With everything in place, Joe had one wish before Eve would take her final breath – to hold his little girl on his birthday.
“I did skin to skin on my birthday,” Joe smiles. “It was so special.”
When the time came to say goodbye, the Darcys were taken to a private room in the hospital.
They were told Eve would have about one hour before her lungs failed.
“We were told she would just slip away,” Joe says.
Medical staff unravelled the wires from her tiny body and handed her to Hiam and Joe, leaving the family to be alone.
The photographer quietly stood in the background capturing the final moments.
“We were just bawling the entire time,” Joe says.
“It was nice though, at the time. I was thinking it was nice that my wife had that time to hold her and meet her.”
With the life support off, Eve’s chest kept moving up and down – and, two hours later, she continued to fight.
Breathing on her own
With the baby defying the odds and still breathing, a doctor asked her parents if he could run one further test.
He placed a gloved finger gently inside the newborn’s mouth – and the baby started sucking it.
“The doctor was in shock. Everyone rushed in and it was all hands on deck,” Joe says.
“She was breathing on her own – it was just a weird, exciting and crazy day.”
More tests followed – and this time each one had a positive outcome.
“It was, ‘She can hear, she can see, she can do everything’,” Joe recalls.
“And then we were told we can go home next week.”
The Darcys were in shock.
Surrounded by family who had flown in for a funeral there was instead a celebration of Eve’s life.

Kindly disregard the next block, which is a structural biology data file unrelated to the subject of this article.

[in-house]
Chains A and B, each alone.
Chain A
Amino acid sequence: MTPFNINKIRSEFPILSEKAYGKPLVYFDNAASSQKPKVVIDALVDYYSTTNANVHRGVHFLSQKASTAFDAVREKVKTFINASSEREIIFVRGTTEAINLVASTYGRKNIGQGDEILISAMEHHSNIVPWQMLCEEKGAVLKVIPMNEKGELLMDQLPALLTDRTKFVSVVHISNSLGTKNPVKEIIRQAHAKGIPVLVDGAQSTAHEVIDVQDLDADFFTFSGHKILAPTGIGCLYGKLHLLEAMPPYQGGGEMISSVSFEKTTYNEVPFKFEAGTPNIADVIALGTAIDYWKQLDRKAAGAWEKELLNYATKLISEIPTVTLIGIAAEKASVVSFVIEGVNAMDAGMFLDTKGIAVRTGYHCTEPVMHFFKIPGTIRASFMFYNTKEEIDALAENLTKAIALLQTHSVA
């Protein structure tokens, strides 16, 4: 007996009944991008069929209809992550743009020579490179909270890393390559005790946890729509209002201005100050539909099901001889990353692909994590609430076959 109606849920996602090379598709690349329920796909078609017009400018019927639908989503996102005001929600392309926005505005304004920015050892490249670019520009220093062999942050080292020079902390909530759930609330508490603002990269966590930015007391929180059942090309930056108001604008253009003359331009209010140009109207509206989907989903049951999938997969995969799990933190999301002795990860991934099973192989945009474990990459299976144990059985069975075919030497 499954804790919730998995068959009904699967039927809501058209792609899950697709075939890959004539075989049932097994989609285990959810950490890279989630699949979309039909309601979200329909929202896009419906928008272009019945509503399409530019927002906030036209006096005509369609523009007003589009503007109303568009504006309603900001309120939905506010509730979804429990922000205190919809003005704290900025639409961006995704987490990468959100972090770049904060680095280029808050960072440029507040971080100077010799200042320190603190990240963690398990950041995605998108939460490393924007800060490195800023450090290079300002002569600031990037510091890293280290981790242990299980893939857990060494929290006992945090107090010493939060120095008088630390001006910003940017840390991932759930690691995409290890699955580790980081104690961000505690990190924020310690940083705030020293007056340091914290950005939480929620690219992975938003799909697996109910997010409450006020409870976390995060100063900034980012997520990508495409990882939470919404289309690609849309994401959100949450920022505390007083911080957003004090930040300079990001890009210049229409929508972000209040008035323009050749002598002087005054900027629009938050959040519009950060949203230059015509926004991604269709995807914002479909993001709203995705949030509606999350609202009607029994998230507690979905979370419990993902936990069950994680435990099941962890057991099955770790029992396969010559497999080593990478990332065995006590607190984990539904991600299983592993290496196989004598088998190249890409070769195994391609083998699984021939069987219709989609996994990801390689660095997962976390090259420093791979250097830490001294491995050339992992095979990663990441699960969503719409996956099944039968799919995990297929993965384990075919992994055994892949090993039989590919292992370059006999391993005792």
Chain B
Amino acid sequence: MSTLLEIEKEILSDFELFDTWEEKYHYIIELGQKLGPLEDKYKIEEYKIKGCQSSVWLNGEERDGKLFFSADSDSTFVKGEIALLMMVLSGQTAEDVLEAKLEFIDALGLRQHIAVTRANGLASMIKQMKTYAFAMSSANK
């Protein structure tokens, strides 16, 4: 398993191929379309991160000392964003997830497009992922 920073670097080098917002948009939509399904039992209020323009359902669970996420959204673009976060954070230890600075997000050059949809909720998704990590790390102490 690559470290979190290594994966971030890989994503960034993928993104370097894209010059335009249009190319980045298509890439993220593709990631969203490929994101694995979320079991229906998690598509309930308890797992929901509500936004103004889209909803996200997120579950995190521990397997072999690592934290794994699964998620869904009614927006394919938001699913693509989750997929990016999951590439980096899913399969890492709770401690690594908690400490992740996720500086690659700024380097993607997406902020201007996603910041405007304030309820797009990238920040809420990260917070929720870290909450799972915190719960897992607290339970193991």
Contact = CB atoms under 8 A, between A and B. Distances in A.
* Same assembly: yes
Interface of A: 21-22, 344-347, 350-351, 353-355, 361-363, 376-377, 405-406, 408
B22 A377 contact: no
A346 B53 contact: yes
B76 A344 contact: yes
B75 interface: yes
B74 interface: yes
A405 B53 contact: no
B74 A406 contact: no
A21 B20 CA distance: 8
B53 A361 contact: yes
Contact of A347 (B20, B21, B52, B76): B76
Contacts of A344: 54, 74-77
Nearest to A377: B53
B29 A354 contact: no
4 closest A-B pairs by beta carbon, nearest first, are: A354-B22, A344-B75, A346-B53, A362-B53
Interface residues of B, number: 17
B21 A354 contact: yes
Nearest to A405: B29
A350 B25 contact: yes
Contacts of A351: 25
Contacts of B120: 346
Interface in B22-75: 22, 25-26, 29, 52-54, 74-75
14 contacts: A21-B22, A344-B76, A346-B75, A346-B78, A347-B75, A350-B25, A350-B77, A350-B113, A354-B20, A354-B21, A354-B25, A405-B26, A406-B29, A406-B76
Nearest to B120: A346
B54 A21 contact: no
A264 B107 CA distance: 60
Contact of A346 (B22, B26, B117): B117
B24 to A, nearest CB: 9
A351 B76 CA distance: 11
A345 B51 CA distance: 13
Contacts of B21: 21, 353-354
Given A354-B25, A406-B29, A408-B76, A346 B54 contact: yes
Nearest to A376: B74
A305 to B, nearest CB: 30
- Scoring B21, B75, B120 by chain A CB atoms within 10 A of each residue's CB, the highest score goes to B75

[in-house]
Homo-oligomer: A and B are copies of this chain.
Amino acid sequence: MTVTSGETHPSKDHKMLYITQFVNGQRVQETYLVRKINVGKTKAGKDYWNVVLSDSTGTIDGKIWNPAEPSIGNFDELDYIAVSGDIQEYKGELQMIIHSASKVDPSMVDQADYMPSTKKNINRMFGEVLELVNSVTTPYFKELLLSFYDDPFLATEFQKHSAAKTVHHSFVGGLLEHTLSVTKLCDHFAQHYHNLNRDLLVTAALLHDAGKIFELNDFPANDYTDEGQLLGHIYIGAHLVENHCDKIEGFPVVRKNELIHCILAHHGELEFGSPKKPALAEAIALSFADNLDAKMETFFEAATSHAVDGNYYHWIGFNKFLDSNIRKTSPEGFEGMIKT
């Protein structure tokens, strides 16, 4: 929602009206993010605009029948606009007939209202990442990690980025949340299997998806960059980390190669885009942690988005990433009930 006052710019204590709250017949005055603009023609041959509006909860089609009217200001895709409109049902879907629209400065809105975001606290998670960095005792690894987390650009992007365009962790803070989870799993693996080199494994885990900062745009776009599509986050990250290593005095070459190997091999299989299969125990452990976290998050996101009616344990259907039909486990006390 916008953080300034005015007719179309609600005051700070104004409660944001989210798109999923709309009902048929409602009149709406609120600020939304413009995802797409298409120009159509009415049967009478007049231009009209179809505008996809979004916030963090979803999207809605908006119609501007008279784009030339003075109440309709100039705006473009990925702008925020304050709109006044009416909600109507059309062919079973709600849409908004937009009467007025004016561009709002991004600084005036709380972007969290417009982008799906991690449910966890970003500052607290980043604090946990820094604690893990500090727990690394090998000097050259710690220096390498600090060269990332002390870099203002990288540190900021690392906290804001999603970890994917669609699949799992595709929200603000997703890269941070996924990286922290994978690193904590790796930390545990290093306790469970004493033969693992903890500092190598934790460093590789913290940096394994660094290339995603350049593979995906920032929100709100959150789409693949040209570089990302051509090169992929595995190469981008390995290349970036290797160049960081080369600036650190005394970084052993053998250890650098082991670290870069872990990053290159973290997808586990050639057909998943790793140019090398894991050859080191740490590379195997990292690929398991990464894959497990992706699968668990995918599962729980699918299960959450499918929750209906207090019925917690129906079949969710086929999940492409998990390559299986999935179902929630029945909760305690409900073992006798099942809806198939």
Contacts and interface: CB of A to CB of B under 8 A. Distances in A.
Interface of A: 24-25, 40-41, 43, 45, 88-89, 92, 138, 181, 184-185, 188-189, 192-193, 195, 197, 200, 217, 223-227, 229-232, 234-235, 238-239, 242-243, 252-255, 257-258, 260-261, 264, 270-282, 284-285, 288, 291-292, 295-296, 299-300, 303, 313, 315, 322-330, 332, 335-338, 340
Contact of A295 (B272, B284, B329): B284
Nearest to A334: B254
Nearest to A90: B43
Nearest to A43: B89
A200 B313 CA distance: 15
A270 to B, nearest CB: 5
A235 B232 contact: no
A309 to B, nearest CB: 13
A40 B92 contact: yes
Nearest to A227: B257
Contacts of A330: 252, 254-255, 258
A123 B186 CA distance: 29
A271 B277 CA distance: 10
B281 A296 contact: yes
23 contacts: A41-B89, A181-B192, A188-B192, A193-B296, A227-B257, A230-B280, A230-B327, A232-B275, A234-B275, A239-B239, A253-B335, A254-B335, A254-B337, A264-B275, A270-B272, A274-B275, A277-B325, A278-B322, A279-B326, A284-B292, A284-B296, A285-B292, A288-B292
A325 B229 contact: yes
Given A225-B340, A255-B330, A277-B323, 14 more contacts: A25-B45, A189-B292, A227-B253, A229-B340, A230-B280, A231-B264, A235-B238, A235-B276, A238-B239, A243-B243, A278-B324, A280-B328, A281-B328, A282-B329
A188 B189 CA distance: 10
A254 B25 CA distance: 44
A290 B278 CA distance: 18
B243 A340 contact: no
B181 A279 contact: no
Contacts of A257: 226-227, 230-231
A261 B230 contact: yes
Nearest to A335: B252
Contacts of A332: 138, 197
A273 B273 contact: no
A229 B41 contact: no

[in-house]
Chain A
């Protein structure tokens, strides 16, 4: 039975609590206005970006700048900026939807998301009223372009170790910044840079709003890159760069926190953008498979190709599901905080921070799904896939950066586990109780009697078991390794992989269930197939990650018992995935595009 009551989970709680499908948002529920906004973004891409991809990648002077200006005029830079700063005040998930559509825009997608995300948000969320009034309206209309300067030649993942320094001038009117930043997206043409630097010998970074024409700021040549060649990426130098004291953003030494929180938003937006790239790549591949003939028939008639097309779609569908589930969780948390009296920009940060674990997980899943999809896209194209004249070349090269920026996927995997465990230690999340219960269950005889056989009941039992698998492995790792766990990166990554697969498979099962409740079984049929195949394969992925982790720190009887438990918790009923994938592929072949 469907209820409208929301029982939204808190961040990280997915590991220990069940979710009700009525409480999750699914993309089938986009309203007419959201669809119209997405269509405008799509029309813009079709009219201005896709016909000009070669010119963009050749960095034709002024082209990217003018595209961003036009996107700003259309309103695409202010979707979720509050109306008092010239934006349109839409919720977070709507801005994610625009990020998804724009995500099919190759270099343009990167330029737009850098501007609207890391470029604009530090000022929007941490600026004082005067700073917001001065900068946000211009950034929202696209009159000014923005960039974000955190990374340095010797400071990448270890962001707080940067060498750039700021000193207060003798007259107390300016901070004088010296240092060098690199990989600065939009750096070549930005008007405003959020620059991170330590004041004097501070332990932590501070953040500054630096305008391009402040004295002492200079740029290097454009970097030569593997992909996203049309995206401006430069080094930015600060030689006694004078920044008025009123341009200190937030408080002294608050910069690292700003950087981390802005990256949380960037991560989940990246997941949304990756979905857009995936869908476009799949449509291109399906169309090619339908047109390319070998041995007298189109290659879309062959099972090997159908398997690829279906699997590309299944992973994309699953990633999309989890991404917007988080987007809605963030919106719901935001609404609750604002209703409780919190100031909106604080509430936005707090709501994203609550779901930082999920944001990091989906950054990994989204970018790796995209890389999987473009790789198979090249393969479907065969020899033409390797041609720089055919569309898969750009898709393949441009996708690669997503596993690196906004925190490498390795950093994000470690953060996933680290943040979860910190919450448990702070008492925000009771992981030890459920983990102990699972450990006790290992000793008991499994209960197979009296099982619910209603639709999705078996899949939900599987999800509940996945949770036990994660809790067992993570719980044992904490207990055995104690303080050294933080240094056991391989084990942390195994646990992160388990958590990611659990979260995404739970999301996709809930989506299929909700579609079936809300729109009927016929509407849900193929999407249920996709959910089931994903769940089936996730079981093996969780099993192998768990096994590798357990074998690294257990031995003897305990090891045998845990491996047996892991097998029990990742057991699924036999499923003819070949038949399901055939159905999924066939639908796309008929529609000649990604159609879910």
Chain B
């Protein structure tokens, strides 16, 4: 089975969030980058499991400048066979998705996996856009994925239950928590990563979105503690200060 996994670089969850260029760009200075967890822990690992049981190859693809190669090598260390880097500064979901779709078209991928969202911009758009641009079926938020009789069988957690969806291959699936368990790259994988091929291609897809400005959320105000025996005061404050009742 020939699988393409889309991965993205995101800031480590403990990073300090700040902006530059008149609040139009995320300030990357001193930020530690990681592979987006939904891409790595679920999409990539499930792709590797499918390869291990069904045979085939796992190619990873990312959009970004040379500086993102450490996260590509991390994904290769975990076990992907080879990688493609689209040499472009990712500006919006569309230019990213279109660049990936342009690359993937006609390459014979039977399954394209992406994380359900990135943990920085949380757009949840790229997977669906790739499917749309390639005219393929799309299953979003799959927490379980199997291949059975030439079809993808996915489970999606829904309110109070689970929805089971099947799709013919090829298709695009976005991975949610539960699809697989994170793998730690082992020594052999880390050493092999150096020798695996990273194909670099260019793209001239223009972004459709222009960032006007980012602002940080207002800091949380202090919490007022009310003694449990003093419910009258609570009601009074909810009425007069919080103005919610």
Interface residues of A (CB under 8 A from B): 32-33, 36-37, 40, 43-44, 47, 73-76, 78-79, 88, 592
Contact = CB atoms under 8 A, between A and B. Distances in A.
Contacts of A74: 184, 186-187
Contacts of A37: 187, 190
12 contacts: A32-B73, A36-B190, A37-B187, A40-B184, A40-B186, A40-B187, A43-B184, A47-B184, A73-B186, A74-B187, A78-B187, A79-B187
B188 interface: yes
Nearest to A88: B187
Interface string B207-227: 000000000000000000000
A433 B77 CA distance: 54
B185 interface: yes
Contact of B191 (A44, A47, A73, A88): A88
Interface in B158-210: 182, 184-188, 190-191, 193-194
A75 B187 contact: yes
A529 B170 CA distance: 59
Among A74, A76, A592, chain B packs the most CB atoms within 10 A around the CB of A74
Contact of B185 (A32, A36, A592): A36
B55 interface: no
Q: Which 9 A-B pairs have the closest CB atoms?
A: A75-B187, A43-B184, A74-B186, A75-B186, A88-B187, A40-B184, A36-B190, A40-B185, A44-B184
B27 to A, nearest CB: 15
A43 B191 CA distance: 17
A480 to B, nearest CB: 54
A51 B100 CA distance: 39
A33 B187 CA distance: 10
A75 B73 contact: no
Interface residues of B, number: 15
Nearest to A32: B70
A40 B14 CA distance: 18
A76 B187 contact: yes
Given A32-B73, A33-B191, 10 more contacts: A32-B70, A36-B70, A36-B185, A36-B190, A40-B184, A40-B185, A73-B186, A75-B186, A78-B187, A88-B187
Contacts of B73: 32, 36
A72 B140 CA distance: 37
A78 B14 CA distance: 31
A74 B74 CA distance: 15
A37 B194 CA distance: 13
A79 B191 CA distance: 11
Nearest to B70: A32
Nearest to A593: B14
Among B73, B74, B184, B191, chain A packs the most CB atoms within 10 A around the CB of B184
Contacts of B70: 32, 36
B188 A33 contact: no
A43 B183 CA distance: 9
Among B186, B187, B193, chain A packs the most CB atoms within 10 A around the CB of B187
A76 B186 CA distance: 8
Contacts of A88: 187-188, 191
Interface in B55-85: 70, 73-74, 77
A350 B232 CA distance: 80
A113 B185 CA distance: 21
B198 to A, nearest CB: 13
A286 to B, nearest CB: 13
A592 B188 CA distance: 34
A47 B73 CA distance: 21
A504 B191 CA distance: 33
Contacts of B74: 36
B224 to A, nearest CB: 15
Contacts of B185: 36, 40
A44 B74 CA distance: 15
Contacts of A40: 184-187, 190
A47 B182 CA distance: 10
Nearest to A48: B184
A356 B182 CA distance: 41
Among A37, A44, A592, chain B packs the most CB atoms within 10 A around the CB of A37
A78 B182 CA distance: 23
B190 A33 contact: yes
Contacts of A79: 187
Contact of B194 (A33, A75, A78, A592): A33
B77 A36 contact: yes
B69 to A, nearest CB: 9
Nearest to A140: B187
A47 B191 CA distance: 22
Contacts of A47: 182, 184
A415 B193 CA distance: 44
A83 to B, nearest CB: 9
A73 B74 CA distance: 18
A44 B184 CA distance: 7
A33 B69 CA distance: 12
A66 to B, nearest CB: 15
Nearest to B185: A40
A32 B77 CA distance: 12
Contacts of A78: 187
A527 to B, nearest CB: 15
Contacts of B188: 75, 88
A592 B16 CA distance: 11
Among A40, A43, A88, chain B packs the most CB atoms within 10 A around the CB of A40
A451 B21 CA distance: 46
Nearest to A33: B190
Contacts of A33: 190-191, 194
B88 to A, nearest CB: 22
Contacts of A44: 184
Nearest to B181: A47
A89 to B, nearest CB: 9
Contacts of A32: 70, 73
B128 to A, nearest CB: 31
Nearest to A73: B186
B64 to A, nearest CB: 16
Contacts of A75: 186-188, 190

“My mum turned to me and asked why we picked the name Eve,” Joe remembers a conversation with his late mum.
“I just said, ‘I don’t know, we have had it picked out forever’.
“She said, ‘Do you know Eve means life in Hebrew?’.”
While the extent of Eve’s brain damage would most likely not be known until she was around a year old, right now the baby was given the all clear.
The family was also briefed on the likelihood of Eve having cerebral palsy, a congenital disorder that impacts muscle control, tone and coordination.
Once settled at home, Hiam began researching and found promising studies highlighting the benefits of early intervention.
In Australia, however, Hiam learnt that Eve couldn’t be formally diagnosed until she was one.
Armed with this information, the mum found an Aussie specialist who worked in a US clinic – and who was able to confirm cerebral palsy, via video, when Eve was just 10 weeks old.
Two weeks later, Hiam and Joe began a multitude of therapies with their baby, including water-based physical movements, music and massage.
During Eve’s first year of life, Hiam went back to work and Joe became the primary caregiver.
The Cerebral Palsy Alliance helped cover the costs of Eve’s therapy and provided support for the family.
Eve is now eight and has developed only mild cerebral palsy, which mainly impacts her legs – an outcome that Joe and Hiam credit to the early intervention.
But she isn’t defined by her diagnosis – in fact, she is a regular outgoing kid.
With karate, tennis, skateboarding and ice skating some of her favourite activities, Eve loves testing her physical abilities.
“She calls her legs her ‘tricky legs’,” Joe says as he describes his daughter’s moderate balance difficulties.
Despite this, Eve is always up for a challenge and even skied down the snow slopes with her dad last snow season.
Still attending multiple therapies, Joe looks at scared new parents visiting Cerebral Palsy Alliance clutching their babies.
“It’s the fear in their eyes. If there was one thing I could tell them, it’s that they have a miracle baby,” Joe explains.
“You don’t need to fear for the future.”